Supreme Court

SCOTUS Expands Texas ACA Case Oral Argument (Updated)

Two sets of states, the House of Representatives and Solicitor General all get argument time.

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On November 10, the Supreme Court will hear oral argument in California v. Texas and Texas v. California, the latest Affordable Care Act case to reach the High Court. In this case, a group of states led by Texas is arguing that Congress rendered the individual mandate unconstitutional by zeroing out the tax penalty for failing to purchase qualifying health insurance, and that this legal infirmity requires invalidation of the entire ACA. The Department of Justice is largely supporting this position, while another group of states and the House of Representatives are suing to defend the law.

In an order issued today, the Supreme Court expanded oral argument in order to allow both the Solicitor General and House of Representatives time to present their arguments. Under this order, the oral argument will proceed as follows:

  • 30 minutes for California, et al. (the states defending the ACA)
  • 10 minutes for the House of Representatives
  • 20 minutes for the Solicitor General
  • 20 minutes for Texas, et al. (the states and individuals challenging the ACA)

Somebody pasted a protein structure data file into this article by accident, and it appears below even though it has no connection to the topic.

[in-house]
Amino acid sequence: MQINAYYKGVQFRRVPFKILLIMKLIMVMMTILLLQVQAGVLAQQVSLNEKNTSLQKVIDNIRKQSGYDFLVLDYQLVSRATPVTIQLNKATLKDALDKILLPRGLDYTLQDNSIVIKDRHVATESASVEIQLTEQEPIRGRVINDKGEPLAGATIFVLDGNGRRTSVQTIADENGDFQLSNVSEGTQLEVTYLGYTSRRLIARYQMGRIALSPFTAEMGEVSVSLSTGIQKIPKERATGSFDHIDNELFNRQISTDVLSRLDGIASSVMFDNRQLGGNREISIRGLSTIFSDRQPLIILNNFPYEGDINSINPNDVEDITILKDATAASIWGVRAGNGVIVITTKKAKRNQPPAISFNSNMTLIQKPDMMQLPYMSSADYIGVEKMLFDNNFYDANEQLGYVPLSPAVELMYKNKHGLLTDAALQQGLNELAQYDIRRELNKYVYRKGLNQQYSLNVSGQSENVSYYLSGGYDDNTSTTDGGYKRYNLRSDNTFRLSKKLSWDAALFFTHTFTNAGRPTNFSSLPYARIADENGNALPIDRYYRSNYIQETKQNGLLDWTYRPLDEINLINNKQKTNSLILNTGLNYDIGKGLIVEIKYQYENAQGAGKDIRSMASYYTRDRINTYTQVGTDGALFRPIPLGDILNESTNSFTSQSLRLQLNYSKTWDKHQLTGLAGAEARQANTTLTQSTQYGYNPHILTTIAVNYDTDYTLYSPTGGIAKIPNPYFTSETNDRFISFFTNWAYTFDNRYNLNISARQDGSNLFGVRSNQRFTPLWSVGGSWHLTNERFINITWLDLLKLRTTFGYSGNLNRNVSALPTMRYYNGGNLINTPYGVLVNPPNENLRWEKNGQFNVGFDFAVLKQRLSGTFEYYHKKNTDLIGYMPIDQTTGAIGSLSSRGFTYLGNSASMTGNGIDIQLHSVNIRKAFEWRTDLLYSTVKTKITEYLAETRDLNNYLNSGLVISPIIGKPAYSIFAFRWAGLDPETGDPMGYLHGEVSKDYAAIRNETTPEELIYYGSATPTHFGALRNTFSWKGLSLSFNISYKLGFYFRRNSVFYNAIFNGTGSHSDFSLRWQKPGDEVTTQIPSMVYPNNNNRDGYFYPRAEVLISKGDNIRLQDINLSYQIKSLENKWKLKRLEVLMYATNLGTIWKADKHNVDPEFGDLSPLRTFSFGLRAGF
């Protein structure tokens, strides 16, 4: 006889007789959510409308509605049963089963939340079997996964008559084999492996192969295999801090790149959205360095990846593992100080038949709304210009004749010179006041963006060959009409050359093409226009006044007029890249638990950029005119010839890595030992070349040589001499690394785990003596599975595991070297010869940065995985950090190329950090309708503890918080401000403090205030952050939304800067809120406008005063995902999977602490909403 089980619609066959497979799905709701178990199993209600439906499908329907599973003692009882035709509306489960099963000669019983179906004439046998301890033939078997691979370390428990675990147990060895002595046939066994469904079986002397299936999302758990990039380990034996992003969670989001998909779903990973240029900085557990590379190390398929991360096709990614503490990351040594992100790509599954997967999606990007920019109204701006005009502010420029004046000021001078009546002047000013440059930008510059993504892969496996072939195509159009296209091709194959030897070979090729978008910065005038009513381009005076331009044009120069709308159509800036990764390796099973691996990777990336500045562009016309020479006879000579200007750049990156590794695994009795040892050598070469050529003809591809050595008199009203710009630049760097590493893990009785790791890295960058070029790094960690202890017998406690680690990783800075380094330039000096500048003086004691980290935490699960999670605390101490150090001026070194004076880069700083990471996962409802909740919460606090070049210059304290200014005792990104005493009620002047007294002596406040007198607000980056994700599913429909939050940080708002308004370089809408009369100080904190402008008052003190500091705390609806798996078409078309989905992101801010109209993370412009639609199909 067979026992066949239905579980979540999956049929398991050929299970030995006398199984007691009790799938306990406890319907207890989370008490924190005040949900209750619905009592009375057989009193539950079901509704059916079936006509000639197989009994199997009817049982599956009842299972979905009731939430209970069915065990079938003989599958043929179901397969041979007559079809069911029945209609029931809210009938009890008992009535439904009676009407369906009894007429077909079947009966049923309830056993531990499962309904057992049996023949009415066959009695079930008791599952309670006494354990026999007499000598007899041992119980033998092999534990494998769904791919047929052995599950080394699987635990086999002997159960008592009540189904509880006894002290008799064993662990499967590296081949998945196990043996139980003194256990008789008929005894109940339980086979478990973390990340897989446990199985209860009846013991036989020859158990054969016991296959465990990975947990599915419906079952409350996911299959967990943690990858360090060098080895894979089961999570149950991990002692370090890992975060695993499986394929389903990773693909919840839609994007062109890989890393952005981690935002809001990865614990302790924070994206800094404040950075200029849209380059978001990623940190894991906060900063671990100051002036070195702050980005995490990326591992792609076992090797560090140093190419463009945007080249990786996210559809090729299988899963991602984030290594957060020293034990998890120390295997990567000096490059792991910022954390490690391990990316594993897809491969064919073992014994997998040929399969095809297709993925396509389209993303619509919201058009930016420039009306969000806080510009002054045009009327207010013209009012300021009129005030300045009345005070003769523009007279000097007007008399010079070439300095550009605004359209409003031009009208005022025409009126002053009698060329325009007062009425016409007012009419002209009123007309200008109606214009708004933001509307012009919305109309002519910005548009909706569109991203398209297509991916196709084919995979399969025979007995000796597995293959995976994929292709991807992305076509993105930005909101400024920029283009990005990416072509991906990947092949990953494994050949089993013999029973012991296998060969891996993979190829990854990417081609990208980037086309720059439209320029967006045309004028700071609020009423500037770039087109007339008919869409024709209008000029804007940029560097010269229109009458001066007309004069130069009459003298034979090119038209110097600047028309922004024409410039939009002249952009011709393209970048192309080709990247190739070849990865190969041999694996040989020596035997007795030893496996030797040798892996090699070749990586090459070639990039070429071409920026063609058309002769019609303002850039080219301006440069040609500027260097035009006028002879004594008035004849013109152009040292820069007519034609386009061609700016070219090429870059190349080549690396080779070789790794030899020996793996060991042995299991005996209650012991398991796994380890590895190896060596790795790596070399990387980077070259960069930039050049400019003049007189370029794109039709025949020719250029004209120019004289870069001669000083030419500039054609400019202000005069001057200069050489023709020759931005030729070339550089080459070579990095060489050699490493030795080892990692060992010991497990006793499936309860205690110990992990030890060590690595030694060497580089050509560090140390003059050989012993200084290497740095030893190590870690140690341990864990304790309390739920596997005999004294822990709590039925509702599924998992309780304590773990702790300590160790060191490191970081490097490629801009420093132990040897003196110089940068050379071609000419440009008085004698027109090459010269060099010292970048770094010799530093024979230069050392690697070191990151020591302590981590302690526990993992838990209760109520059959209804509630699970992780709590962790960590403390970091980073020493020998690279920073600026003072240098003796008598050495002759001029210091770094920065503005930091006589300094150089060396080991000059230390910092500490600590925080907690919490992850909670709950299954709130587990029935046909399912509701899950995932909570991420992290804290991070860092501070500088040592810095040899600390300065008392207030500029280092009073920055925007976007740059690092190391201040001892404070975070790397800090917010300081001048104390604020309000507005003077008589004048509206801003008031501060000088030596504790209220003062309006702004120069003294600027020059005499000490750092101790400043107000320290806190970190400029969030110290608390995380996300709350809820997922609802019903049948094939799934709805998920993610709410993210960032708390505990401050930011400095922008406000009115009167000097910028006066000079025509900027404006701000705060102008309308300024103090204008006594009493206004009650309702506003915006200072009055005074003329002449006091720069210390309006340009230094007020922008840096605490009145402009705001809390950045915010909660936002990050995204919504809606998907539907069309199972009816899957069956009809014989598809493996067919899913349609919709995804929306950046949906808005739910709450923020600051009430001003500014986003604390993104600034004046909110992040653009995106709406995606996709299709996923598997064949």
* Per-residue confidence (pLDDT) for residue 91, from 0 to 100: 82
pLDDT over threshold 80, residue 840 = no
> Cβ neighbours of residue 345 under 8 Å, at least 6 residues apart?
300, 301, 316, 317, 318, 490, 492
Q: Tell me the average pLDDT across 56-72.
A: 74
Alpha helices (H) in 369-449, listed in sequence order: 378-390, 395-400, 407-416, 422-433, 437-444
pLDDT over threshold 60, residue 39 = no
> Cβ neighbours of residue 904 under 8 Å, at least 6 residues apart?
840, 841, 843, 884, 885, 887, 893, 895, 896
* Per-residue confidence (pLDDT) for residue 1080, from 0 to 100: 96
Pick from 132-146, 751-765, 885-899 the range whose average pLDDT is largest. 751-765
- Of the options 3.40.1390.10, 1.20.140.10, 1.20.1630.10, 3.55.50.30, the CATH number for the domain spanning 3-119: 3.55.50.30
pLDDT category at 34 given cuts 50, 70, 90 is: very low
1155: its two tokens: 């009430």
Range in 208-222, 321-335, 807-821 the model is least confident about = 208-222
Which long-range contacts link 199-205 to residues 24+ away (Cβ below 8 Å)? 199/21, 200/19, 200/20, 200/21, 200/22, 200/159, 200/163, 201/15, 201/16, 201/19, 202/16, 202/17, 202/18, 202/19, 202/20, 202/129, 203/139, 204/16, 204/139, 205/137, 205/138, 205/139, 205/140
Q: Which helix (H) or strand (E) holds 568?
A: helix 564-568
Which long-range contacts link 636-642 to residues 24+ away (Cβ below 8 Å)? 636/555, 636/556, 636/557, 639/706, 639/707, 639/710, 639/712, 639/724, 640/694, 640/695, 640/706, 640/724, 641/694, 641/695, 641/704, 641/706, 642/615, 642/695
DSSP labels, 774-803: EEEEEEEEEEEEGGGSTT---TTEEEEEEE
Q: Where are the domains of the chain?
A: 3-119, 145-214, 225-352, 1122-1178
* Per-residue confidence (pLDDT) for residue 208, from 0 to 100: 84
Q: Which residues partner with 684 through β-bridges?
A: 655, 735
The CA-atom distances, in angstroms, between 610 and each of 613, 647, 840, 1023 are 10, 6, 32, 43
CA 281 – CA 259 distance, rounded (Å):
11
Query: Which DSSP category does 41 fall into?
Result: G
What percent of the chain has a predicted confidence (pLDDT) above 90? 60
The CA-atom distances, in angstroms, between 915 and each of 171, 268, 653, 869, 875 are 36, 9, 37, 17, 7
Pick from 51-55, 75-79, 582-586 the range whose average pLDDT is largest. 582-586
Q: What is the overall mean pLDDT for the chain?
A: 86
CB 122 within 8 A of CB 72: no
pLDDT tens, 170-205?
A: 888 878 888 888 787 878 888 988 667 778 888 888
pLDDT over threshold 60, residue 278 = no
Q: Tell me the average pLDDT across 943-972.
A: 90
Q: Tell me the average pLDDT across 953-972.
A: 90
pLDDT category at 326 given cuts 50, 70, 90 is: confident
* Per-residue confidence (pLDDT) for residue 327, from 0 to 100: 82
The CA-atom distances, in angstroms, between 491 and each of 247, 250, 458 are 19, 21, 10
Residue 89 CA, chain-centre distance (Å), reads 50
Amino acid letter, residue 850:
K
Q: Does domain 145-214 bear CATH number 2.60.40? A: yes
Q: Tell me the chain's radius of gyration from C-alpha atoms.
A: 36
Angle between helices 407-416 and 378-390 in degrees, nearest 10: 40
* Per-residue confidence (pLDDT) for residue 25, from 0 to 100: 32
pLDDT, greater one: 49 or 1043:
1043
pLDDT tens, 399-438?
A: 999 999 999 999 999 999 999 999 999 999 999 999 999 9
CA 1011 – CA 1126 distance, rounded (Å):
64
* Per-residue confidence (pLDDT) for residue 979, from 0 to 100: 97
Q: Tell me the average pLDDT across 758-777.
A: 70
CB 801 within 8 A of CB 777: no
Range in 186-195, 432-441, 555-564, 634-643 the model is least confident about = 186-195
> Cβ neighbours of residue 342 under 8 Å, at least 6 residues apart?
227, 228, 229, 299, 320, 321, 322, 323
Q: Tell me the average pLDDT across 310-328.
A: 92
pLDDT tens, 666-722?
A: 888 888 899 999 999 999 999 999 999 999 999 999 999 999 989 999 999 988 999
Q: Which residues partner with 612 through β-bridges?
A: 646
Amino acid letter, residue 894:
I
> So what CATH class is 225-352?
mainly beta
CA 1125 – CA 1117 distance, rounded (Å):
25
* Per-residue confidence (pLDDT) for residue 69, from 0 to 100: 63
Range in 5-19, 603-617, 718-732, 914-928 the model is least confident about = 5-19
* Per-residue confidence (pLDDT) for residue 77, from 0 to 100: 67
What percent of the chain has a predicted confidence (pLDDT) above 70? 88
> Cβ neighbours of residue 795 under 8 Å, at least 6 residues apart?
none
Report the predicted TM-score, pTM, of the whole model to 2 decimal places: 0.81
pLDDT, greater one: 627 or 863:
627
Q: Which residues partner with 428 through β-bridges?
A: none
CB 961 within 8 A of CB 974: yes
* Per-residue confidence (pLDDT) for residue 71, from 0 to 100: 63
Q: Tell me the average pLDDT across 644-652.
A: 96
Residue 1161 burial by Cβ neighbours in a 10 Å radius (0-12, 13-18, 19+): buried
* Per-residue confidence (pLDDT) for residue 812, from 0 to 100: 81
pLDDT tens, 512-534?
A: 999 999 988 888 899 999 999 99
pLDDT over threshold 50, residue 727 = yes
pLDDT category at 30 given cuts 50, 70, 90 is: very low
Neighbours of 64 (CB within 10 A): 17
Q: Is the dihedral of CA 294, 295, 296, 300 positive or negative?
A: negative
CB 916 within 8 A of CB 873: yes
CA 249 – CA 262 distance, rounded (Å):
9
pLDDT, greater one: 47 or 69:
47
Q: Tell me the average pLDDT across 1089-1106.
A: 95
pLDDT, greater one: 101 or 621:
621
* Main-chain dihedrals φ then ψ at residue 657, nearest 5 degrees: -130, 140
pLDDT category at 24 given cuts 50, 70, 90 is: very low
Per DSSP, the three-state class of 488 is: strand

Although another group of states—Ohio and Montana—sought argument time too, this request was denied. These two states filed one of the over 40 amicus briefs filed in this case (all of which may be found on SCOTUSBlog here).

Three amicus briefs feature contributions from VC bloggers:

California v. Texas will be the seventh ACA case to reach the Supreme Court, but it is unlikely to be the last. The ACA's history and structure created a perfect storm for ongoing litigation, for reasons I explained in this little paper from a few years back. If anything, the factors encouraging ongoing litigation have only multiplied. Litigation continues in lower courts over a range of questions, most concerning the law's implementation, and some of these cases will likely end up at One First Street.

For those interested in more on the latest case, here is a list of my prior VC posts on the case, and a few NYT op-eds. (Updated to keep the list more current.)

I'll have more to say about the merits and some of the briefs in the days to come.